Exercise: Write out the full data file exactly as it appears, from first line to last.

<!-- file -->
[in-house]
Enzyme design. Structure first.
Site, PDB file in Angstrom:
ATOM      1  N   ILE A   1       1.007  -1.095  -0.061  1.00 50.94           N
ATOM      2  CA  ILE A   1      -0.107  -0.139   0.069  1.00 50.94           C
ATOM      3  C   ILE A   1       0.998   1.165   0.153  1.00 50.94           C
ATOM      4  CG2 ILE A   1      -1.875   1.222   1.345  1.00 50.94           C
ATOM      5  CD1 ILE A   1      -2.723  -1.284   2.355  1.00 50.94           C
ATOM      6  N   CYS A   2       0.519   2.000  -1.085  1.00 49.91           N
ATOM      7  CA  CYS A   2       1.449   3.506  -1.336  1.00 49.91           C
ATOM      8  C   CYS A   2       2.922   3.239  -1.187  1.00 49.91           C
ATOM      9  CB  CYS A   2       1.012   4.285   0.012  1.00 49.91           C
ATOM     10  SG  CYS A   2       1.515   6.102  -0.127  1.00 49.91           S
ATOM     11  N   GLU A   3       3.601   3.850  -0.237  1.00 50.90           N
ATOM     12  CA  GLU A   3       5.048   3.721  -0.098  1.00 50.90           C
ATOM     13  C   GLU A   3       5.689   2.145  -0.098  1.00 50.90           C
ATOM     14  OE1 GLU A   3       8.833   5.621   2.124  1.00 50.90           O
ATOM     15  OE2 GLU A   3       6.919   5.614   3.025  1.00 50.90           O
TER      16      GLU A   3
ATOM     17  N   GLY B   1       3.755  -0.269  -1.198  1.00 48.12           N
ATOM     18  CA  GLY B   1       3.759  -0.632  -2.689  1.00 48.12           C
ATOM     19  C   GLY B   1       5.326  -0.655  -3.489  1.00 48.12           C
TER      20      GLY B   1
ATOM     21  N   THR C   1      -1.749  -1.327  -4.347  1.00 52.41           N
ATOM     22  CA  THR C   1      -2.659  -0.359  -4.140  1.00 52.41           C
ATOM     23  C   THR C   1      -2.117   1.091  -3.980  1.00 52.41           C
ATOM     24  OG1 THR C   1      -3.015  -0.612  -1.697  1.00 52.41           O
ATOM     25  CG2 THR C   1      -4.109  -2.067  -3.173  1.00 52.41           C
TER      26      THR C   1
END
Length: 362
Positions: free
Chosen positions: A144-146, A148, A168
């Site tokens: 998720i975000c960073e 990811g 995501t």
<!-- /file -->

[in-house]
Enzyme design. Structure first.
Site, PDB file in Angstrom:
ATOM      1  N   ILE A   1       1.007  -1.095  -0.061  1.00 50.94           N
ATOM      2  CA  ILE A   1      -0.107  -0.139   0.069  1.00 50.94           C
ATOM      3  C   ILE A   1       0.998   1.165   0.153  1.00 50.94           C
ATOM      4  CG2 ILE A   1      -1.875   1.222   1.345  1.00 50.94           C
ATOM      5  CD1 ILE A   1      -2.723  -1.284   2.355  1.00 50.94           C
ATOM      6  N   CYS A   2       0.519   2.000  -1.085  1.00 49.91           N
ATOM      7  CA  CYS A   2       1.449   3.506  -1.336  1.00 49.91           C
ATOM      8  C   CYS A   2       2.922   3.239  -1.187  1.00 49.91           C
ATOM      9  CB  CYS A   2       1.012   4.285   0.012  1.00 49.91           C
ATOM     10  SG  CYS A   2       1.515   6.102  -0.127  1.00 49.91           S
ATOM     11  N   GLU A   3       3.601   3.850  -0.237  1.00 50.90           N
ATOM     12  CA  GLU A   3       5.048   3.721  -0.098  1.00 50.90           C
ATOM     13  C   GLU A   3       5.689   2.145  -0.098  1.00 50.90           C
ATOM     14  OE1 GLU A   3       8.833   5.621   2.124  1.00 50.90           O
ATOM     15  OE2 GLU A   3       6.919   5.614   3.025  1.00 50.90           O
TER      16      GLU A   3
ATOM     17  N   GLY B   1       3.755  -0.269  -1.198  1.00 48.12           N
ATOM     18  CA  GLY B   1       3.759  -0.632  -2.689  1.00 48.12           C
ATOM     19  C   GLY B   1       5.326  -0.655  -3.489  1.00 48.12           C
TER      20      GLY B   1
ATOM     21  N   THR C   1      -1.749  -1.327  -4.347  1.00 52.41           N
ATOM     22  CA  THR C   1      -2.659  -0.359  -4.140  1.00 52.41           C
ATOM     23  C   THR C   1      -2.117   1.091  -3.980  1.00 52.41           C
ATOM     24  OG1 THR C   1      -3.015  -0.612  -1.697  1.00 52.41           O
ATOM     25  CG2 THR C   1      -4.109  -2.067  -3.173  1.00 52.41           C
TER      26      THR C   1
END
Length: 362
Positions: free
Chosen positions: A144-146, A148, A168
């Site tokens: 998720i975000c960073e 990811g 995501t």